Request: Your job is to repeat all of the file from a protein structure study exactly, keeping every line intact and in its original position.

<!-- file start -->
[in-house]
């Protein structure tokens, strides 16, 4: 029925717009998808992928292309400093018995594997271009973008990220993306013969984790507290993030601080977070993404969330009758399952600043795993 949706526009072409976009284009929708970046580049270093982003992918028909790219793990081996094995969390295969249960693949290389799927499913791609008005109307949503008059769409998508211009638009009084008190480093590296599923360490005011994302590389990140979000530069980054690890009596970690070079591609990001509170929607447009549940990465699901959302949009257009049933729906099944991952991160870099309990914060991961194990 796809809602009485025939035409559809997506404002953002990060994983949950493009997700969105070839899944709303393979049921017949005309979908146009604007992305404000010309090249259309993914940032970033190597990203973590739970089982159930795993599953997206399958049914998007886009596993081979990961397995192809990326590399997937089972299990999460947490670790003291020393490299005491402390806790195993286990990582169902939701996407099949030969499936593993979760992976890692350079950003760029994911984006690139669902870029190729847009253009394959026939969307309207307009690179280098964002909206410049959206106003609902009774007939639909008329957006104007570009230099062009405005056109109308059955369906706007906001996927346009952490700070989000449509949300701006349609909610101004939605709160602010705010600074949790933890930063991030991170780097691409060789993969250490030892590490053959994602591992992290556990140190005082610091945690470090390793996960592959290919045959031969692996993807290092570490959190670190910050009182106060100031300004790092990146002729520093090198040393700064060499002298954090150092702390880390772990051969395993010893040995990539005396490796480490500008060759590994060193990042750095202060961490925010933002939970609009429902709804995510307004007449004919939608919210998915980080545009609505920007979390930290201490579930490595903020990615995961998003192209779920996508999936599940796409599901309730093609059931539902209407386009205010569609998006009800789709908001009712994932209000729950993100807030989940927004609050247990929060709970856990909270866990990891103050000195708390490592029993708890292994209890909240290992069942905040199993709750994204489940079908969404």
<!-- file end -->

[in-house]
């Protein structure tokens, strides 16, 4: 029925717009998808992928292309400093018995594997271009973008990220993306013969984790507290993030601080977070993404969330009758399952600043795993 949706526009072409976009284009929708970046580049270093982003992918028909790219793990081996094995969390295969249960693949290389799927499913791609008005109307949503008059769409998508211009638009009084008190480093590296599923360490005011994302590389990140979000530069980054690890009596970690070079591609990001509170929607447009549940990465699901959302949009257009049933729906099944991952991160870099309990914060991961194990 796809809602009485025939035409559809997506404002953002990060994983949950493009997700969105070839899944709303393979049921017949005309979908146009604007992305404000010309090249259309993914940032970033190597990203973590739970089982159930795993599953997206399958049914998007886009596993081979990961397995192809990326590399997937089972299990999460947490670790003291020393490299005491402390806790195993286990990582169902939701996407099949030969499936593993979760992976890692350079950003760029994911984006690139669902870029190729847009253009394959026939969307309207307009690179280098964002909206410049959206106003609902009774007939639909008329957006104007570009230099062009405005056109109308059955369906706007906001996927346009952490700070989000449509949300701006349609909610101004939605709160602010705010600074949790933890930063991030991170780097691409060789993969250490030892590490053959994602591992992290556990140190005082610091945690470090390793996960592959290919045959031969692996993807290092570490959190670190910050009182106060100031300004790092990146002729520093090198040393700064060499002298954090150092702390880390772990051969395993010893040995990539005396490796480490500008060759590994060193990042750095202060961490925010933002939970609009429902709804995510307004007449004919939608919210998915980080545009609505920007979390930290201490579930490595903020990615995961998003192209779920996508999936599940796409599901309730093609059931539902209407386009205010569609998006009800789709908001009712994932209000729950993100807030989940927004609050247990929060709970856990909270866990990891103050000195708390490592029993708890292994209890909240290992069942905040199993709750994204489940079908969404």